Cloud? I don't really like the term. It brings a lot of mystique around it," says Aaron O'Brien, CIO of Les Mills International (LMI).
"It makes it seem intangible, and many businesses do not like things that are intangible," he says, from the company headquarters in Auckland's Freemans Bay.
"In reality, if you look at email in the cloud, it is there, sitting in some data centre in Singapore, so it is not in the cloud," he adds. "Because of that, I was not looking at moving to the cloud for the sake of it; I looked at the business need."
LMI is, essentially, a global company based in the heart of Auckland City. It is the largest provider of branded group fitness and training programs, being used in 15,500 clubs and gyms in more than 80 countries. It has more than 100,000 certified instructor guides, as well as around 1000 trainers across the globe, with 100 of them in the United States.
In the past two years, O'Brien has moved the company's email, Office and SharePoint into the cloud. As well, the company has implemented a sales, club and portal for its instructors on cloud-based development platforms.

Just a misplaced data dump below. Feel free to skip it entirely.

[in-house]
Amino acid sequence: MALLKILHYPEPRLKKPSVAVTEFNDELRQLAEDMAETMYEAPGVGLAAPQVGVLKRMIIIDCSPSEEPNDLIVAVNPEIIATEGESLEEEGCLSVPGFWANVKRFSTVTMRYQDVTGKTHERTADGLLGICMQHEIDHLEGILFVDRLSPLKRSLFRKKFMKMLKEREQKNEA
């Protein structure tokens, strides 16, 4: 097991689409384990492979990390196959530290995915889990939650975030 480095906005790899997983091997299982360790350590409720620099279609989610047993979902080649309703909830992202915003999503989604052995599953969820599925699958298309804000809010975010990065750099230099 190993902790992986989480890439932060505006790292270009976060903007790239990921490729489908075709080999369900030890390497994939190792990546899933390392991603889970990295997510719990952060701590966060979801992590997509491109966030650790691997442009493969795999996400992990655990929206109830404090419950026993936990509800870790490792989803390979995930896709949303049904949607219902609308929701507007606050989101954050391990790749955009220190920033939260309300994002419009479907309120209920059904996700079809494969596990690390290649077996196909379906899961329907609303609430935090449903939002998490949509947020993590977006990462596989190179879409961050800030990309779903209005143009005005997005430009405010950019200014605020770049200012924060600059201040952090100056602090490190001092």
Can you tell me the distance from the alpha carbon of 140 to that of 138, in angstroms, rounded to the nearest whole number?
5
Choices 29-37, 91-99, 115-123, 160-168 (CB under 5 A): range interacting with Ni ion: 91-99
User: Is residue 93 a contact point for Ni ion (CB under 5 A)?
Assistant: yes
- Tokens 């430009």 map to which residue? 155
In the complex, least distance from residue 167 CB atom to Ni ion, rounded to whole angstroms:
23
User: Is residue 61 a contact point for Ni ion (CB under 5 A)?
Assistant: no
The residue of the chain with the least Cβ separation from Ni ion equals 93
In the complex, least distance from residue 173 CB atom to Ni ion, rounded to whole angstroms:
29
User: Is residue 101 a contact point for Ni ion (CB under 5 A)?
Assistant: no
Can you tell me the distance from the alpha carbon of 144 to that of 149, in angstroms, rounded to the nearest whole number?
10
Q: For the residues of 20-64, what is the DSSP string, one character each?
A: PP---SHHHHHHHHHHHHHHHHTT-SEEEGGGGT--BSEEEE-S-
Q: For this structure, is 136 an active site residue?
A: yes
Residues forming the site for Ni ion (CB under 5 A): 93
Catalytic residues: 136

The business case for the move started when O'Brien was presented with the cost of upgrading LMI's SAN every year, and putting a restriction on the mailbox sizes.
"Fundamentally, I never believed in restricting users of mailbox sizes," he says. "I know it is costly, but everything I do is about the user experience. 'Who is the person? Who is he working with? Am I providing the right tool?'"
"I was presented with a cost to upgrade every year if we archive," he says, referring to the original proposal by Origin IT, which managed LMI's infrastructure. The vendor also provided options like putting another Exchange Server in the United States, for it to be able to serve LMI's global offices.